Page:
Pros And Cons Of HMO And PPO Health Plans For Your Family

Finding The Best Solution

Different families have different needs. When it comes to health insurance, you’ve got to be quite careful. There are a lot of solutions out there, and some are going to work better for you. For the moment, we’ll avoid discussing options like Medi-Share which exist beyond the mainstream. These can be cost-effective and representative, but may not be right for you.

It all depends on the specific needs surrounding your situation. Most people end up choosing between an HMO plan and a PPO plan. Following we’ll help you understand what differentiates these healthcare options, and which might best serve you.

What Is HMO, What Is PPO?
HMO stands for Health Maintenance Organization. With an HMO, you’ll have access to doctors as well as medical facilities that exist within a given network. Said network will be composed of varying providers that have an agreement.

Essentially, plan members get a reduced rate without a reduction in associated standards of medical quality. Here’s the thing: you only get coverage within your network.

PPO stands for Preferred Provider Organization. A PPO plan is generally going to extend you greater flexibility in determining who your best doctor or medical institution is. There’s an available network of providers as in an HMO, and you can expect a reduction in overall restrictions.

HMO Pros And Cons
While there are some HMO situations where a provider that you find beyond your network may be covered, such occasions are rare; and if they’re available, strict restrictions silhouette them. You might only get a few treatments, visitation to a provider is apt to be limited, and only some tests will be covered—out of your network, that is.

HMO plans have a diversity about them which means not all of them are exactly the same. You may have to find a specific PCP (Primary Care Physician). If there’s some specialist required for your healthcare, that PCP may be required to issue a formal recommendation.

That said, the silver lining is that you can expect either no deductible, or a low one. Also, overall costs for HMOs tend to be less expensive. Lastly, it’s notable that certain HMO plans do not require a PCP for specialists to see you. It depends on the HMO provider and your network; so do your homework and conduct a little research.

Pros And Cons Of PPO
With PPO, if you do see a healthcare provider that is not part of your network, you’re going to retain your coverage. The coverage may not be quite as good, but you won’t be left “out to dry”, as the saying goes. No PCP is required for reasons of specialist authorization; you can just go with who you think is most appropriate.

This can be a very big advantage. The next couple of facts represent an unpopular sentiment, but one that you should think about. Doctors and medical professionals are exceptionally well-educated and generally know more than you do—but they’re just people, and they make mistakes.

Something like 250k people die in America every year owing to medical malpractice—depending on your source; there is some controversy. Here’s a page from a legal website to help you understand what’s going on. Generally this isn’t malicious; it’s accidental. Sometimes it has to do with poor procedures. A doctor is part of a profession that has had to reverse-engineer human biology without any blueprint from which to proceed.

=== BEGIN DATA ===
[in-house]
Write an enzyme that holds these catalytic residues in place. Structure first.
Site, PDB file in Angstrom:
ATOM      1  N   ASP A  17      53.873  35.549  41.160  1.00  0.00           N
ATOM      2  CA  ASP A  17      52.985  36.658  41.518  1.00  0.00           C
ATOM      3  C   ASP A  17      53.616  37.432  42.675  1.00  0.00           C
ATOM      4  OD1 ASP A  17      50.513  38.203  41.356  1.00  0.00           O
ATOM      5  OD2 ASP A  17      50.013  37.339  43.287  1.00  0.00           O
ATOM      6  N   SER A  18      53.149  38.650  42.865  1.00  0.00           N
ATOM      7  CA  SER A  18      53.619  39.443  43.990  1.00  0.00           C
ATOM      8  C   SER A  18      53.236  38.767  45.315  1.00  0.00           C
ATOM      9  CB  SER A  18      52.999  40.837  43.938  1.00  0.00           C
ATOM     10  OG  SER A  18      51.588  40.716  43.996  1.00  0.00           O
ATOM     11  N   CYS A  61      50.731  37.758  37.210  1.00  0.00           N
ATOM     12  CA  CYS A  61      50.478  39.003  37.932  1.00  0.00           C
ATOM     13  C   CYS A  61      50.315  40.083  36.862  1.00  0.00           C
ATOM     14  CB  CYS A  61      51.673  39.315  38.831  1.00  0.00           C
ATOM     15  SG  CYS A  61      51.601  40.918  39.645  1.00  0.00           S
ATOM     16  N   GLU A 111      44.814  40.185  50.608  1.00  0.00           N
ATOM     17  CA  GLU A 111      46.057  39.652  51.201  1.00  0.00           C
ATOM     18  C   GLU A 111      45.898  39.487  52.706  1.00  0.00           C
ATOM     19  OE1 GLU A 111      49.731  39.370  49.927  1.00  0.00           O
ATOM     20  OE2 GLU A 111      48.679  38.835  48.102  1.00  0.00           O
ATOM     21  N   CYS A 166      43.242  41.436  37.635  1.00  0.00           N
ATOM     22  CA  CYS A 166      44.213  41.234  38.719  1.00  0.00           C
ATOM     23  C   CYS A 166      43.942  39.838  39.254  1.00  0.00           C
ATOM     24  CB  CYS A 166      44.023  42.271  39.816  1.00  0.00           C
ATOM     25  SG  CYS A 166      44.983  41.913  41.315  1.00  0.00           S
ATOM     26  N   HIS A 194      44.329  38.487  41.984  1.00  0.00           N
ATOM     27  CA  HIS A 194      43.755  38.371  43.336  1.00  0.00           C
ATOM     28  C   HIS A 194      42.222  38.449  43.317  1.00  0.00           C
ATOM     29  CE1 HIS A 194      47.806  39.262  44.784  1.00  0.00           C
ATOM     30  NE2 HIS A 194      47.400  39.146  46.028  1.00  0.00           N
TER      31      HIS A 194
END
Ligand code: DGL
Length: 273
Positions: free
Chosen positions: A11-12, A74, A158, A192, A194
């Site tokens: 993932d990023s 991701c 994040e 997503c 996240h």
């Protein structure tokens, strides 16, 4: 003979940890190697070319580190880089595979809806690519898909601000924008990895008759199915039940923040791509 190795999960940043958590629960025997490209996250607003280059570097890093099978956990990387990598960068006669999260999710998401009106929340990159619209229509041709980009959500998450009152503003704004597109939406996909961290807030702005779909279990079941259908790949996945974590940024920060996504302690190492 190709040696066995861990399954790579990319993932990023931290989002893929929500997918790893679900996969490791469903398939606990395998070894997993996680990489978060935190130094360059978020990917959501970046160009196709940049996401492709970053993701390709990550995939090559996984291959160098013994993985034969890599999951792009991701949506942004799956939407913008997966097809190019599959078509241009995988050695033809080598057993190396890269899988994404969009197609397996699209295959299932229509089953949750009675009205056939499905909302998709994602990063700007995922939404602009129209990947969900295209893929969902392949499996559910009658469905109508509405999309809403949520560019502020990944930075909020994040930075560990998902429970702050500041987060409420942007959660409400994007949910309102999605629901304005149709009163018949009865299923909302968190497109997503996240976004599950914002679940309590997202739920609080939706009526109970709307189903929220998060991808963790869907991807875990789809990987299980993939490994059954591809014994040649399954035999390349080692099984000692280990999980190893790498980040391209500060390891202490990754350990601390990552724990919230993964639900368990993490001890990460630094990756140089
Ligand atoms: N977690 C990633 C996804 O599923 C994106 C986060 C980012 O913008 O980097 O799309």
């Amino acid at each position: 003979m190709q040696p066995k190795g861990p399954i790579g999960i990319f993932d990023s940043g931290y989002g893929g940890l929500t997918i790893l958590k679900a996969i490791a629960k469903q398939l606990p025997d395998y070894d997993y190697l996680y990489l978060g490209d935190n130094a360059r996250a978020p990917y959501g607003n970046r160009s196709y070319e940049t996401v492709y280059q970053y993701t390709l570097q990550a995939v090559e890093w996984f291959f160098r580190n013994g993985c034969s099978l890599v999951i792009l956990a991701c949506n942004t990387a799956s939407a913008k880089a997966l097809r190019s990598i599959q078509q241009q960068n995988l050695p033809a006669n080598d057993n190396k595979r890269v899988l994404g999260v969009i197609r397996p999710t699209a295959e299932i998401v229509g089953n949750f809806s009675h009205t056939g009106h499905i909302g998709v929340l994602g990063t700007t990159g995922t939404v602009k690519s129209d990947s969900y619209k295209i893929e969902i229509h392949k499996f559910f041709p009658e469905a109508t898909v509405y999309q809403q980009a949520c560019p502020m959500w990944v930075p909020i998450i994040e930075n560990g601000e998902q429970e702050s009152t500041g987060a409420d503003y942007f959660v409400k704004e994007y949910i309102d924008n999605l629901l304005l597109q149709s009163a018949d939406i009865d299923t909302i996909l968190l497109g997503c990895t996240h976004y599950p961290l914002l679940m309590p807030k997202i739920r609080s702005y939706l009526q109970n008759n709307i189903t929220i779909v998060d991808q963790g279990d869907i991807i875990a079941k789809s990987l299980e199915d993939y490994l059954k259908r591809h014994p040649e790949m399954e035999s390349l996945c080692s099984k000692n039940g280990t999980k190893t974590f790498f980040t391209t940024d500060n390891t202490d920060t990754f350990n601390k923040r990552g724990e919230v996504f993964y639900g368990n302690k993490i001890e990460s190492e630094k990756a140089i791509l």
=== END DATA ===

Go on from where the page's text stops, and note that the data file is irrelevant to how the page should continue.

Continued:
The term “body mechanic” is really not that far off. Accordingly, healthcare professionals generally know more than you, but they’re not perfect. It’s wise to choose your healthcare provider carefully. HMOs will limit your options, PPOs will expand them. You can definitely get help outside your network. However, you’re likely going to pay more for PPO coverage, and there is commonly a deductible.

Rounding Out Your Decision With Proper Information
So though on the one hand there are clear advantages to a PPO option, on the other there are increased expenses. If you’ve got an HMO in a network with people who have trusted expertise, that may be the better option. But if you commonly travel outside the network, it can be wise to go with a PPO option.

What’s necessary is determining your true needs. You will want to do your research, and inform that research with clear consultation through trusted professional resources. Check out the following link for more information on the difference between an HMO and a PPO plan. This will help you see which benefits you the most.

Sometimes your employer may offer coverage under HMO or PPO. Research to see what kind of package is available, and what its cost is. Different networks are going to have different positives and negatives that recommend them. If you’re going to get the best option, you’re going to have to shop around a little.

So in a nutshell, the HMO option is cheaper but more restricted. Meanwhile the PPO option is more costly, but less restricted. In either scenario, going outside your network will generally end up being a costlier proposition than staying within it. Your best bet is doing all that’s possible in your power to stay as healthy as you can, and keep your family healthy. It’s better to have healthcare and not need it than need it and not have it; staying healthy will save you the most trouble.